**Calculate:**Once you’ve entered your variables, click “Calculate.”**Future Value:**Look at the calculated Future Value in the Total Savings chart. Compare this number to your Nest Egg Goal Number.

**Adjust Monthly Contribution Number:**If the future value of your savings is already*higher*than your Nest Egg Goal number, fantastic! You can either retire earlier or save less. However if it is lower, adjust the monthly savings number upward until the calculated future savings number is approximately equal to your Nest Egg Goal number. You now know precisely how much you should be saving each month. Write this number down in the notes section above.

**Increase Your Savings Rate:**Whether it’s by upping the percentage taken out of your paychecks, or increasing the dollar amount of your automatic investing, make these changes in the appropriate places and check this task off your list!

### Note on Feasibility & Adjustments

If it seems unrealistic to achieve this number, you can either wait to complete this task when it is more feasible for you (either because you have increased your income or decreased your expenses). Alternatively, you can increase your expected age of retirement. This will give your assets more time to grow to your desired nest egg number.

### Notes on “Estimated Interest Rate” & Accounting for Inflation

One way or another, you need to account for inflation. You can either do this on the “inputs side” (i.e. by inflating your income and expenses) *or* the “outputs side” (i.e. by adjusting the rate of return that will determine the estimated growth in your assets). *But importantly* you *shouldn’t* account for inflation on both sides of the equation. Therefore:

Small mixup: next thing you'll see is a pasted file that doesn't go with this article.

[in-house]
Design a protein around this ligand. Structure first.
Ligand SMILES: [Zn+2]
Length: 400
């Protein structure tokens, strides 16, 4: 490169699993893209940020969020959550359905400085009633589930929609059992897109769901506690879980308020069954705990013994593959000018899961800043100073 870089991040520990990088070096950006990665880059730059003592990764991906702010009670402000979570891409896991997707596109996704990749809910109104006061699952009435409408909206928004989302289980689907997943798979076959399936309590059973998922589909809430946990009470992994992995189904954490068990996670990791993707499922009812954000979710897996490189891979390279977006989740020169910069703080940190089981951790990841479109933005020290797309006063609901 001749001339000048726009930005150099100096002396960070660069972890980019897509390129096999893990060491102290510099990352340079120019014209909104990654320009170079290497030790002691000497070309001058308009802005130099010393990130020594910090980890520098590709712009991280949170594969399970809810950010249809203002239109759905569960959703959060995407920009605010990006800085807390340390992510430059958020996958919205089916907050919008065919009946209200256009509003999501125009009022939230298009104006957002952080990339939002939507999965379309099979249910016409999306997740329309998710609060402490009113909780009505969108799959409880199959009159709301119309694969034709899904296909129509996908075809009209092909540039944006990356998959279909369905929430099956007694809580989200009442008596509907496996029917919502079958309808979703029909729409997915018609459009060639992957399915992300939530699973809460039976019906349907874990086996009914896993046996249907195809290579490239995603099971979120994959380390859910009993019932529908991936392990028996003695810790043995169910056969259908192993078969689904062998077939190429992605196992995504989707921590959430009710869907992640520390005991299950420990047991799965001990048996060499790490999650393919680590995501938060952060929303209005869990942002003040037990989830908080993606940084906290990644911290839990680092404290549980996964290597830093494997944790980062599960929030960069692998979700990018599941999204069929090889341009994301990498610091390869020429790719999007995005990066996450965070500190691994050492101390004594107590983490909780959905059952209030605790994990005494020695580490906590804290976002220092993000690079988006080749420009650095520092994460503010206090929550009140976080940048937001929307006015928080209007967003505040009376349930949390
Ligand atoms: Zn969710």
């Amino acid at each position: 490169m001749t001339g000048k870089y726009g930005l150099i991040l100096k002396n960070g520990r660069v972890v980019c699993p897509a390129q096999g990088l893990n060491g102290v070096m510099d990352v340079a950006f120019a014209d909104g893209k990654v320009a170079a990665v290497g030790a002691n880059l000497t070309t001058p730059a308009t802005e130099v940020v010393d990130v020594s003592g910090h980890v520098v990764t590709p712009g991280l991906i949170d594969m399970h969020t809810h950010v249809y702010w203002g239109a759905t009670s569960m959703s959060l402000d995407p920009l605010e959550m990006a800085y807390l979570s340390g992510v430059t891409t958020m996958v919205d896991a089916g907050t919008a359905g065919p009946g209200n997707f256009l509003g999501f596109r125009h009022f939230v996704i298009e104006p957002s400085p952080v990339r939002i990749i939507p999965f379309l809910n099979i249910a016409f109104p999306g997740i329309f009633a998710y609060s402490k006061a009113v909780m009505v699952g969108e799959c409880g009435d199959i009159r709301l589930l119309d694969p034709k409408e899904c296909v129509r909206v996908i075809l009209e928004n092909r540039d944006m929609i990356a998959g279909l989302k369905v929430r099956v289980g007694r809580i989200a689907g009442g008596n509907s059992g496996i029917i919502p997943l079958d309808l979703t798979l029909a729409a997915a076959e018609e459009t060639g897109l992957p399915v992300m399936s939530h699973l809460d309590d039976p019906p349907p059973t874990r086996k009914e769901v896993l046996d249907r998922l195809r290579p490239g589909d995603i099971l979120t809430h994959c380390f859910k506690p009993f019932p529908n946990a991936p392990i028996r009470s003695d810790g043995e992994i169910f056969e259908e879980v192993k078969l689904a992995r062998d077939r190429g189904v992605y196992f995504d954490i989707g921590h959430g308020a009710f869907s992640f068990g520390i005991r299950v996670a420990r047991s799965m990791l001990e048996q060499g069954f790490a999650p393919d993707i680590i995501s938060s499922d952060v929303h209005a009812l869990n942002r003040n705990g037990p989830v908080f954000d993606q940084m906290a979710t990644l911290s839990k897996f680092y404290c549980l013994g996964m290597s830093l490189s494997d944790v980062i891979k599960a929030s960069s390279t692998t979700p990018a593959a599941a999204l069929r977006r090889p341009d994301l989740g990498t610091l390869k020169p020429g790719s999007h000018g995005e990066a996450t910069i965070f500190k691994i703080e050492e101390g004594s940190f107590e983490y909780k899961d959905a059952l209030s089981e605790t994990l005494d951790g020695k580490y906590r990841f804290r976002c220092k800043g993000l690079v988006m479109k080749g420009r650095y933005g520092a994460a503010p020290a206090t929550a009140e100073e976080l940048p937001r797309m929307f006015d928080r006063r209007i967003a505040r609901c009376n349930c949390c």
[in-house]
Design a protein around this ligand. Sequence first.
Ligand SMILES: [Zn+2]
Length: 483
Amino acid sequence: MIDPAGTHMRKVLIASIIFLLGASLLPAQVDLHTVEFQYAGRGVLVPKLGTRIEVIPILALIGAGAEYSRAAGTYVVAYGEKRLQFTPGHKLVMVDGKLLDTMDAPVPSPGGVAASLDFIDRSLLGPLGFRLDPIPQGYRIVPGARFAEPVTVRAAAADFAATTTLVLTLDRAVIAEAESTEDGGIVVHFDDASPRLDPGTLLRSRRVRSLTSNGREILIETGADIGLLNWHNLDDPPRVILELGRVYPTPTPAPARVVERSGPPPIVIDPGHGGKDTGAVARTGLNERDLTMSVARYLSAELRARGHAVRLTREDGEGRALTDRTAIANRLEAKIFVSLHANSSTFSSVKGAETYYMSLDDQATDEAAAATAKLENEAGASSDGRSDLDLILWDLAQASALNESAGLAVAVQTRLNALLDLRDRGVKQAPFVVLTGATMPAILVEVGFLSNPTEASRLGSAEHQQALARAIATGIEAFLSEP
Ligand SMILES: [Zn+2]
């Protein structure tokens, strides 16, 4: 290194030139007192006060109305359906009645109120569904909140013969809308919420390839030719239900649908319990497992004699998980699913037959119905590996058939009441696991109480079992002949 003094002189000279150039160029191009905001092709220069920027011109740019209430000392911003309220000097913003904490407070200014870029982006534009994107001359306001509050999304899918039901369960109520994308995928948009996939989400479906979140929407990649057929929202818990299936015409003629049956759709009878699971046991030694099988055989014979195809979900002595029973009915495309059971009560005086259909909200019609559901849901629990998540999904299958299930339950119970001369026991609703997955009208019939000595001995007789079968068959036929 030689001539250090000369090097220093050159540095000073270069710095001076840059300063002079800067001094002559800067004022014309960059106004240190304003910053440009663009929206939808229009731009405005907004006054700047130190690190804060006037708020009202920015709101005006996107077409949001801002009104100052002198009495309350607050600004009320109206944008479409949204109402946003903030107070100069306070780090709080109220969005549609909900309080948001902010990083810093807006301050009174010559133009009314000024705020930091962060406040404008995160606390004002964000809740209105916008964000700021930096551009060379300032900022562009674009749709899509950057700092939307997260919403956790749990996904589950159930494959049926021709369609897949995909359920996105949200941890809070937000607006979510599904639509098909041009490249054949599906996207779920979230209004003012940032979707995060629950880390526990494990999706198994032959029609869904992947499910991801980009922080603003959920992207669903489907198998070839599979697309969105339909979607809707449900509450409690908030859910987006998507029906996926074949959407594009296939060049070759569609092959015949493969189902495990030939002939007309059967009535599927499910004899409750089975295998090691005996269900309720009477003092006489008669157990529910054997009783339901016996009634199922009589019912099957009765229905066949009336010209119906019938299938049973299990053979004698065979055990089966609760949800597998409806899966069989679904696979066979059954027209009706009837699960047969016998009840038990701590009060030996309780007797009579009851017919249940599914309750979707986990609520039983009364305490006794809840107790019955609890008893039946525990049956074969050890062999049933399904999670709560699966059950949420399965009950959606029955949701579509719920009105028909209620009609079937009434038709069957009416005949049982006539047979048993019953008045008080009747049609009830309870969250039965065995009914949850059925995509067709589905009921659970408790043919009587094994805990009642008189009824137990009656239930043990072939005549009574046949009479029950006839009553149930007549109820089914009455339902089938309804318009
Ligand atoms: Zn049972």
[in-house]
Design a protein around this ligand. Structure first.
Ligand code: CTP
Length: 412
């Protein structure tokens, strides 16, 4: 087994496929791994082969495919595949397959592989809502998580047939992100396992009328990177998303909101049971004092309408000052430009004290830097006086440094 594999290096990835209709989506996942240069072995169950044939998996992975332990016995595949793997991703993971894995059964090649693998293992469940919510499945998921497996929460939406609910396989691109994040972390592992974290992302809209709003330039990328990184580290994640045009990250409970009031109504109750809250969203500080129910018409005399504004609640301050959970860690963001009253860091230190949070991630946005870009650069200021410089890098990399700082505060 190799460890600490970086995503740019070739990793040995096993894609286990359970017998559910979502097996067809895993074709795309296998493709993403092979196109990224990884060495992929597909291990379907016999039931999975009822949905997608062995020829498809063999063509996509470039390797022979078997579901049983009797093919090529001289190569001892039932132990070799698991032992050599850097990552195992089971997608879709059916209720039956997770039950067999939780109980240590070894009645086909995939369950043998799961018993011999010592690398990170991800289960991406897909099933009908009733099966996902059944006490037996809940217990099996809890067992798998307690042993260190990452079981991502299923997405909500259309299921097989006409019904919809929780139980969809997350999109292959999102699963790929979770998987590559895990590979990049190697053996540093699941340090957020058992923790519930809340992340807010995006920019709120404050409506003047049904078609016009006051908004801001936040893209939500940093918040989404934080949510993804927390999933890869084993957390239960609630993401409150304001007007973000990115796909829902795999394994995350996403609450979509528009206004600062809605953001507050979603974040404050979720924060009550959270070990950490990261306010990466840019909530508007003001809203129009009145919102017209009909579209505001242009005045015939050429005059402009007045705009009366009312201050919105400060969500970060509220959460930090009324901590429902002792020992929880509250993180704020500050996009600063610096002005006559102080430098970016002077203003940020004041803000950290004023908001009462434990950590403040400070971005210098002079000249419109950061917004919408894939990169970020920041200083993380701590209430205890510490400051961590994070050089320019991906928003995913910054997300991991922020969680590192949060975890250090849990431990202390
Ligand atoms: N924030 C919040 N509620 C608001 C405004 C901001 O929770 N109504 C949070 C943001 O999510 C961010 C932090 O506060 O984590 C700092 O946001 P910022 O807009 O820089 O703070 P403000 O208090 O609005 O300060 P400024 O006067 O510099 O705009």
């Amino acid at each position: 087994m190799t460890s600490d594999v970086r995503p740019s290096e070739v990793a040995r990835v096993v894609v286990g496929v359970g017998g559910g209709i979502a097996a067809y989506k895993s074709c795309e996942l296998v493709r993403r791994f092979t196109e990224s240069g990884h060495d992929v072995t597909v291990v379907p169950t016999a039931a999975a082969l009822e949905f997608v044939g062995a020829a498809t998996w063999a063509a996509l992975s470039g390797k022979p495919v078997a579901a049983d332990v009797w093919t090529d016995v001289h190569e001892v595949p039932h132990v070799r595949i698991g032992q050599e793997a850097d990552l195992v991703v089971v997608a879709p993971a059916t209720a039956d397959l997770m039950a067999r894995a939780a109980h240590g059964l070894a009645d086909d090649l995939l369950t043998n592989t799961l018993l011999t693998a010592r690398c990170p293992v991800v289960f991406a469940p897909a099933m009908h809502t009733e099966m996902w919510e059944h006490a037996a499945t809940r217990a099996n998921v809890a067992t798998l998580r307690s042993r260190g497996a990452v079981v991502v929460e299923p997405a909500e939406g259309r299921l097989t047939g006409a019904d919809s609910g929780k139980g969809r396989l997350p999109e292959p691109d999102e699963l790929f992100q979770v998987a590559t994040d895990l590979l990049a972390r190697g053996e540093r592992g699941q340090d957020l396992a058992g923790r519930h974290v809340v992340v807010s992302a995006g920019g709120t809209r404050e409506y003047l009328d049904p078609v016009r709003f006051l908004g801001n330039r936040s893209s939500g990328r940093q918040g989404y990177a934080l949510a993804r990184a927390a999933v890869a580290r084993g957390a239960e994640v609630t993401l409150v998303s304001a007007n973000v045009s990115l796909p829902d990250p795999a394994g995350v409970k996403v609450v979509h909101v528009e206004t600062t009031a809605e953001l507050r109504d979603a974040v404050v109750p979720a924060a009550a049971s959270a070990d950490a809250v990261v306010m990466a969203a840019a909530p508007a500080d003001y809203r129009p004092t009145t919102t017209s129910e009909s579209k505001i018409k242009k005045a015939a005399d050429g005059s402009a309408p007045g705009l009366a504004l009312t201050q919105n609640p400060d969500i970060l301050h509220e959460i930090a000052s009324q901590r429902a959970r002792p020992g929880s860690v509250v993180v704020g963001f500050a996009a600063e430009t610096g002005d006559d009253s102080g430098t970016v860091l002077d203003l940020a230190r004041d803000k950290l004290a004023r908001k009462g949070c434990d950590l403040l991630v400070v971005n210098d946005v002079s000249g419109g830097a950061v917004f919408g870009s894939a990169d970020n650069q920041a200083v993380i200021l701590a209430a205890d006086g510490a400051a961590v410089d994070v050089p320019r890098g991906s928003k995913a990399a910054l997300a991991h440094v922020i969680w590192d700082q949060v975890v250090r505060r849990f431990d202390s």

- If you calculated your nest egg numbers in
*today’s dollars*– i.e. you calculated it using your current income or current expenses etc. – you’ll want to use an**inflation-adjusted**interest rate of return, typically between**6-7%**. - If you calculated your nest egg number using inflation adjusted dollars – i.e. you assumed a certain amount of inflation and bumped up your salary and expenses based on what you
*assume*they will be in the future – you’ll want to use a**non-inflation-adjusted**interest rate of return – we’ll suggest between**8-10%**.

### Historical Perspectives on Rates of Return

- The historical numbers below are based on the average, annualized rate of return for the S&P 500 Index for the 46 year period from January 1975 (the year the first index fund was created) through January 2023 and assumes dividends were reinvested. Try the calculator out for yourself.
**Inflation Adjusted Rate of Return:**7.7%**Non-inflation Adjusted Rate of Return:**11.7%

While the rates above are accurate, since most people do not have 100% of their portfolio, for 100% of the time, invested in stocks (which is what the S&P 500 index fund is made up of), achieving these historical return rates is seen as overly optimistic. Add in the fact that historical averages don’t necessarily predict the future, and it quickly becomes clear why it’s better to be a little more conservative in one’s estimates.